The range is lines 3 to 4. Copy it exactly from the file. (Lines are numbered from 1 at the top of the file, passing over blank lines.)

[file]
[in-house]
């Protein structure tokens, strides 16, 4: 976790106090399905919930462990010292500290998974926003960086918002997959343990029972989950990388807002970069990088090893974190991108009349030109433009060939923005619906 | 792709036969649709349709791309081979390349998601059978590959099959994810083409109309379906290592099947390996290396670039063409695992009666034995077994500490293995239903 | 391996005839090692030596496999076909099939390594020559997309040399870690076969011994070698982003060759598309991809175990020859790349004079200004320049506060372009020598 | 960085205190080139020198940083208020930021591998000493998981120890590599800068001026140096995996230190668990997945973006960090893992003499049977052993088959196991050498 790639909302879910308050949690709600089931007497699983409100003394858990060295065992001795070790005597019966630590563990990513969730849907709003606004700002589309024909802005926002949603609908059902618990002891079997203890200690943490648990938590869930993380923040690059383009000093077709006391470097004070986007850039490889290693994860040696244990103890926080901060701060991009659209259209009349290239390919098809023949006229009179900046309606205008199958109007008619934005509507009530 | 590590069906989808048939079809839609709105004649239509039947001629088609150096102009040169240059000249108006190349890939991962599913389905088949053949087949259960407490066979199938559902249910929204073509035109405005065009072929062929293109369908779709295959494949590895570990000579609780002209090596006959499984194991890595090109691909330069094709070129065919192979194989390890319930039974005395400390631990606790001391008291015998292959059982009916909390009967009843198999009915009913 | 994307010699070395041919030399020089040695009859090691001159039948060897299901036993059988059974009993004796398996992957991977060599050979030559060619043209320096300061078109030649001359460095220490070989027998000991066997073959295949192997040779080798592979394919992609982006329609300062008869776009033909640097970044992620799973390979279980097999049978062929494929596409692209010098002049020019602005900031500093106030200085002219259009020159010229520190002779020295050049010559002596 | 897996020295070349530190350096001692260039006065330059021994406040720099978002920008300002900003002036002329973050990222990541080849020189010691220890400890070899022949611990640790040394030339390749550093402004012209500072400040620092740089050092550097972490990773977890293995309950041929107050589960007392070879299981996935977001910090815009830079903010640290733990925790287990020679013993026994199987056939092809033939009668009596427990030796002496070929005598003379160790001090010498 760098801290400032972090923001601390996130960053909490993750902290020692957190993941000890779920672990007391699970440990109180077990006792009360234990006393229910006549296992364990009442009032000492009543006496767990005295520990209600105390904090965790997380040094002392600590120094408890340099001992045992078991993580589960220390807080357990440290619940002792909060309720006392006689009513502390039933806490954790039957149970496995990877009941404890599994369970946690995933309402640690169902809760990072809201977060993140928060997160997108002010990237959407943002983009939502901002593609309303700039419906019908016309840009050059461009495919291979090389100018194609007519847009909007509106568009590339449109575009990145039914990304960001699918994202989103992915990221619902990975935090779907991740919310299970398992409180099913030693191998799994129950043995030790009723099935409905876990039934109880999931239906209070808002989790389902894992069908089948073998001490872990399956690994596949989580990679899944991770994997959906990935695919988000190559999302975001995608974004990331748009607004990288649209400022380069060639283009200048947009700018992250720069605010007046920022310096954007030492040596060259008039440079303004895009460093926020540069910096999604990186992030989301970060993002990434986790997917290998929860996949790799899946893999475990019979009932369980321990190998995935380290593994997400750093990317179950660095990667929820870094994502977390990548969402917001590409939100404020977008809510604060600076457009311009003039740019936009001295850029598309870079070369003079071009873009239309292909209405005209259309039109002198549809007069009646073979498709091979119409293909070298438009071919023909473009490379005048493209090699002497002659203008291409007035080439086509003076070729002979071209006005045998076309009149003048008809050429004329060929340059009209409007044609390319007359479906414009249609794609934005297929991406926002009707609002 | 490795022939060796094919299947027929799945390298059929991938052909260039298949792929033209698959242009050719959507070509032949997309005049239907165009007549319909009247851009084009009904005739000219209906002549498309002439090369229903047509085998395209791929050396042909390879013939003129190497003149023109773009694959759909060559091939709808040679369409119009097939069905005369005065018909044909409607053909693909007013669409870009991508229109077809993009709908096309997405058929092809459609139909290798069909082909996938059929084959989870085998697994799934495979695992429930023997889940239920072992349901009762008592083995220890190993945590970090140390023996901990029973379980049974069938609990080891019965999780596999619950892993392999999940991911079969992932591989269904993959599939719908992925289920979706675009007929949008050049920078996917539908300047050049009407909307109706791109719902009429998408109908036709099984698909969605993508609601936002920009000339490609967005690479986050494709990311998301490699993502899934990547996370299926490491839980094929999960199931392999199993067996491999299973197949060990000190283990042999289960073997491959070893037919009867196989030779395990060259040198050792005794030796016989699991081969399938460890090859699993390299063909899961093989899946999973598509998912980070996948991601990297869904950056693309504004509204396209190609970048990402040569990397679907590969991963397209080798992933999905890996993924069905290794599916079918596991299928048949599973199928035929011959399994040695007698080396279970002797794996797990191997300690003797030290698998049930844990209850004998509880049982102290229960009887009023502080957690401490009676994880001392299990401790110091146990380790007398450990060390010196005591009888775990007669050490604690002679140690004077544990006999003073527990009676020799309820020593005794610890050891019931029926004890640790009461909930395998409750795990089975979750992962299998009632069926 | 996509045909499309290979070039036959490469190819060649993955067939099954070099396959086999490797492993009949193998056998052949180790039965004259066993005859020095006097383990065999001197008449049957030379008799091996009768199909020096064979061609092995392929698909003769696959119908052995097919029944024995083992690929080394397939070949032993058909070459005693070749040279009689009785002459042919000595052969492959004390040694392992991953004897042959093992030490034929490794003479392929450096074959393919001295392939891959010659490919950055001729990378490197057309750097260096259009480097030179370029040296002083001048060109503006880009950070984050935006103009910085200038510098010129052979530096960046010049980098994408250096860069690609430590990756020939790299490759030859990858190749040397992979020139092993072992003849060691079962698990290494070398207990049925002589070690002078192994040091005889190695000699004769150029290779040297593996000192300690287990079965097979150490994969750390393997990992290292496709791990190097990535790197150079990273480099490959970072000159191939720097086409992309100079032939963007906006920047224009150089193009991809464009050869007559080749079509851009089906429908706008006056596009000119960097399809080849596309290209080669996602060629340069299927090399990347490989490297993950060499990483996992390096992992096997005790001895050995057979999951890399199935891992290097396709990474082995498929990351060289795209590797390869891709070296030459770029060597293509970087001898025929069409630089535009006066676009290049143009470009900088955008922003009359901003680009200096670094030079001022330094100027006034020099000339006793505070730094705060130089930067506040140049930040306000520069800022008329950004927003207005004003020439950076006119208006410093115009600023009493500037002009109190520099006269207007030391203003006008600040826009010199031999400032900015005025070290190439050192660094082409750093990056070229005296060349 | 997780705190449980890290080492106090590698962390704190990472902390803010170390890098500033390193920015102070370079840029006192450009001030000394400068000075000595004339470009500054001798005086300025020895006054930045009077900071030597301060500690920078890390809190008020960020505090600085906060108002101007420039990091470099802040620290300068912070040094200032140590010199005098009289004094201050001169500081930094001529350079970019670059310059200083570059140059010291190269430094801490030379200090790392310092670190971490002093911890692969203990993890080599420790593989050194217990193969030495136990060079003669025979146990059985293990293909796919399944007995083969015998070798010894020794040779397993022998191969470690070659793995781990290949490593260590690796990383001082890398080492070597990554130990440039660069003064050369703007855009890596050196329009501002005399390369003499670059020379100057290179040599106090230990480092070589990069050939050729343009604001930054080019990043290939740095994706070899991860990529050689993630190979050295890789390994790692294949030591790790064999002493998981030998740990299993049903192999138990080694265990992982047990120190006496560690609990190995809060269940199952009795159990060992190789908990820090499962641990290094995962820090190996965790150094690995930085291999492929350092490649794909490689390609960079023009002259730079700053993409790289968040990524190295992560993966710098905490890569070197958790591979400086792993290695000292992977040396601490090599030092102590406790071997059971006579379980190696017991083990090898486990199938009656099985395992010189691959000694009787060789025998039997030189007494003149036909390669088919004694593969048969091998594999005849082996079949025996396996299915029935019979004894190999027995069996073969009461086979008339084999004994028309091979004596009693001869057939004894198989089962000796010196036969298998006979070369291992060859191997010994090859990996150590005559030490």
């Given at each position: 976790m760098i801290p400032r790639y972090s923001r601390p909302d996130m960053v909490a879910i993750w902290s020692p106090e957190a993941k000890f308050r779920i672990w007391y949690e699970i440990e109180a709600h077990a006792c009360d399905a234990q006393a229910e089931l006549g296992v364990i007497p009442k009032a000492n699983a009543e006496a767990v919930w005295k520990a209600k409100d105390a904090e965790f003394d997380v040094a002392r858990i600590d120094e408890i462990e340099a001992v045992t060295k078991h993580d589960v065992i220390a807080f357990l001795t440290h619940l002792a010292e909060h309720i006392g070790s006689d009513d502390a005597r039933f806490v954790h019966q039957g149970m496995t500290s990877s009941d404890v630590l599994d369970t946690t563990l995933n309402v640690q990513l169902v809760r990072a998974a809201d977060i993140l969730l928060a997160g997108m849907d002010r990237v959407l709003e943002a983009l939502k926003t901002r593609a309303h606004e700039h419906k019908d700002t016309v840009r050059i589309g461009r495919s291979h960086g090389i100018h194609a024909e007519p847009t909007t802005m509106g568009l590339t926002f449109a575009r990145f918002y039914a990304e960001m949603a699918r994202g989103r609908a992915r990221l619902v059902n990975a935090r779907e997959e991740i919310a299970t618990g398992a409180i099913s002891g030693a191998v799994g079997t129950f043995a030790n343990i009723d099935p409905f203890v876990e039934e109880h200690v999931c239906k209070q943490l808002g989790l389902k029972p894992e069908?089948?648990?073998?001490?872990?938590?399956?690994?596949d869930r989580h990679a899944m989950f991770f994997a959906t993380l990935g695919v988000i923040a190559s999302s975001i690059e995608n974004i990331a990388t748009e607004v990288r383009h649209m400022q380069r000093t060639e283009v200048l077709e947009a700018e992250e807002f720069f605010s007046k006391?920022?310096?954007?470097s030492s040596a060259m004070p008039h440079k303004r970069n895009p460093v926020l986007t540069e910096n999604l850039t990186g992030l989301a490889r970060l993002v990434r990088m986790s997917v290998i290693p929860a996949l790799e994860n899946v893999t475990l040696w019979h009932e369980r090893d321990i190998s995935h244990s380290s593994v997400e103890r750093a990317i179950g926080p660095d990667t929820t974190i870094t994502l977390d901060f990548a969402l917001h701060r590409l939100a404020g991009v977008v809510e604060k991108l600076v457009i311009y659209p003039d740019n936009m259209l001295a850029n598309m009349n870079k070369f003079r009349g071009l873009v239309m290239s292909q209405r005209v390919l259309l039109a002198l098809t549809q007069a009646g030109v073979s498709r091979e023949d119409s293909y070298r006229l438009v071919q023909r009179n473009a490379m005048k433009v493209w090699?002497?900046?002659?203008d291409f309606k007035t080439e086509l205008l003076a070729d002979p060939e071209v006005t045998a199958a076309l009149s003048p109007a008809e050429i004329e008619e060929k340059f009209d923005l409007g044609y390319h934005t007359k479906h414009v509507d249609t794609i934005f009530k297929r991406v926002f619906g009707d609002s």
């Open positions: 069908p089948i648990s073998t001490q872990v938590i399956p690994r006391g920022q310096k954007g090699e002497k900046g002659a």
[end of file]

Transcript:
């Given at each position: 976790m760098i801290p400032r790639y972090s923001r601390p909302d996130m960053v909490a879910i993750w902290s020692p106090e957190a993941k000890f308050r779920i672990w007391y949690e699970i440990e109180a709600h077990a006792c009360d399905a234990q006393a229910e089931l006549g296992v364990i007497p009442k009032a000492n699983a009543e006496a767990v919930w005295k520990a209600k409100d105390a904090e965790f003394d997380v040094a002392r858990i600590d120094e408890i462990e340099a001992v045992t060295k078991h993580d589960v065992i220390a807080f357990l001795t440290h619940l002792a010292e909060h309720i006392g070790s006689d009513d502390a005597r039933f806490v954790h019966q039957g149970m496995t500290s990877s009941d404890v630590l599994d369970t946690t563990l995933n309402v640690q990513l169902v809760r990072a998974a809201d977060i993140l969730l928060a997160g997108m849907d002010r990237v959407l709003e943002a983009l939502k926003t901002r593609a309303h606004e700039h419906k019908d700002t016309v840009r050059i589309g461009r495919s291979h960086g090389i100018h194609a024909e007519p847009t909007t802005m509106g568009l590339t926002f449109a575009r990145f918002y039914a990304e960001m949603a699918r994202g989103r609908a992915r990221l619902v059902n990975a935090r779907e997959e991740i919310a299970t618990g398992a409180i099913s002891g030693a191998v799994g079997t129950f043995a030790n343990i009723d099935p409905f203890v876990e039934e109880h200690v999931c239906k209070q943490l808002g989790l389902k029972p894992e069908?089948?648990?073998?001490?872990?938590?399956?690994?596949d869930r989580h990679a899944m989950f991770f994997a959906t993380l990935g695919v988000i923040a190559s999302s975001i690059e995608n974004i990331a990388t748009e607004v990288r383009h649209m400022q380069r000093t060639e283009v200048l077709e947009a700018e992250e807002f720069f605010s007046k006391?920022?310096?954007?470097s030492s040596a060259m004070p008039h440079k303004r970069n895009p460093v926020l986007t540069e910096n999604l850039t990186g992030l989301a490889r970060l993002v990434r990088m986790s997917v290998i290693p929860a996949l790799e994860n899946v893999t475990l040696w019979h009932e369980r090893d321990i190998s995935h244990s380290s593994v997400e103890r750093a990317i179950g926080p660095d990667t929820t974190i870094t994502l977390d901060f990548a969402l917001h701060r590409l939100a404020g991009v977008v809510e604060k991108l600076v457009i311009y659209p003039d740019n936009m259209l001295a850029n598309m009349n870079k070369f003079r009349g071009l873009v239309m290239s292909q209405r005209v390919l259309l039109a002198l098809t549809q007069a009646g030109v073979s498709r091979e023949d119409s293909y070298r006229l438009v071919q023909r009179n473009a490379m005048k433009v493209w090699?002497?900046?002659?203008d291409f309606k007035t080439e086509l205008l003076a070729d002979p060939e071209v006005t045998a199958a076309l009149s003048p109007a008809e050429i004329e008619e060929k340059f009209d923005l409007g044609y390319h934005t007359k479906h414009v509507d249609t794609i934005f009530k297929r991406v926002f619906g009707d609002s």
């Open positions: 069908p089948i648990s073998t001490q872990v938590i399956p690994r006391g920022q310096k954007g090699e002497k900046g002659a």